MARRIAGE AND MINISTRY: Can Ministry Become a Mistress?

The Dandelion Question
September 25, 2017
pastoring of pastors
The Pastoring of Pastors: Comforted in Suffering To Comfort Others (Video Interview & FREE Resources)
September 29, 2017

MARRIAGE AND MINISTRY: Can Ministry Become a Mistress?


Do you:

  • Spend more time doing the ministry instead of spending time with your wife?
  • Find a huge percentage of your conversation with your wife to be about ministry?
  • Retire to bed with ministry on your mind, and wake up with it still lingering?
  • Are you more concerned with the problems of your church members, more than the problems ailing your family?
  • find more satisfaction with your involvement at church so much so that you’d rather spend time there than with your wife and kids?

If you have answered yes to any of these questions, you may be at risk of making ministry your mistress. If you answered yes to all of these questions, then ministry has become your mistress.

So where does your wife and family factor into the scenarios above?

Ponder for a minute.

If it begins to become unpleasant, don’t stop.

You must be thinking, “are you kidding me?”

My answer is, “No, I’m not.”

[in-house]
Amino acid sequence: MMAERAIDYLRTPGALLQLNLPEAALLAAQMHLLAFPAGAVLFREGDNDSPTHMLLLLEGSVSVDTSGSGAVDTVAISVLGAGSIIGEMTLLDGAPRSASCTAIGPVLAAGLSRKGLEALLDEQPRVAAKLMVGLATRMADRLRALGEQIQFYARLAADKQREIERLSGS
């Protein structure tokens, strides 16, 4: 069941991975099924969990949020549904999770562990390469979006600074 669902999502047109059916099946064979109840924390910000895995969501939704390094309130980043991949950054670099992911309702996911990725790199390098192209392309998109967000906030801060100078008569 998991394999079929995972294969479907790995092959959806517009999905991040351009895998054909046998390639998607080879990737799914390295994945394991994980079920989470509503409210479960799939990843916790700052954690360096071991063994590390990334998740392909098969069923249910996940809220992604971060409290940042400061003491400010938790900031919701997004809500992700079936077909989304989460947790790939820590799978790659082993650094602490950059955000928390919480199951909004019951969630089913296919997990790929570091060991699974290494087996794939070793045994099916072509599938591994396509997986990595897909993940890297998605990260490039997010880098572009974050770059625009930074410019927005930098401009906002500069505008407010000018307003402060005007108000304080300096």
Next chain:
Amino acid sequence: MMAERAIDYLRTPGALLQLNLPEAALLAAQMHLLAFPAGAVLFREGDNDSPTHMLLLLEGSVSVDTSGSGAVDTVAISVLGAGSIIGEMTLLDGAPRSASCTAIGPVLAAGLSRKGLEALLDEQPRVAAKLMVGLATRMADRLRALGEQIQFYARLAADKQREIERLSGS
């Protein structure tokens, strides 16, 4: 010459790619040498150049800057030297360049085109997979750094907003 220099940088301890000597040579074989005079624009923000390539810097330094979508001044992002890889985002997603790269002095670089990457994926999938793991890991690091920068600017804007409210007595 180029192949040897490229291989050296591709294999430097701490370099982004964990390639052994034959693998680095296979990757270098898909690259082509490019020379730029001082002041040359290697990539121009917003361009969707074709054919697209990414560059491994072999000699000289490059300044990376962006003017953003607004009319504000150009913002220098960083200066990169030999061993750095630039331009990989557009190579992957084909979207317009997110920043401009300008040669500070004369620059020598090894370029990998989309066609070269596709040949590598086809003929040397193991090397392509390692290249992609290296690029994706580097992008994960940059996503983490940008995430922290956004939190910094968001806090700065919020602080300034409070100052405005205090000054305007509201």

Mistress is just another word for idol


I have heard cries after cries from too many pastors’ wives about how they feel ignored, left-out or abandoned. While some may verge on dramatic, there is a good number of those whose stories are legit, and too real to even ignore.

Just as an idol is not always an inanimate and visible image, but could be anything that steals one’s devotion and affection that is due to our God; a mistress doesn’t need to come in form of another woman. A mistress can be anything that takes the place of your wife and the privileges that belong to her, like your:

  • Affection
  • Time
  • Companionship
  • Intimacy
  • Attention

While we can’t deny the reality that ministry can become so demanding that it may come to the point of attempting to monopolize our time to do other things for the family and even for ourselves, we have to guard against this and not allow it to happen.

Can we control the situation? Can we control ministry from taking over our lives?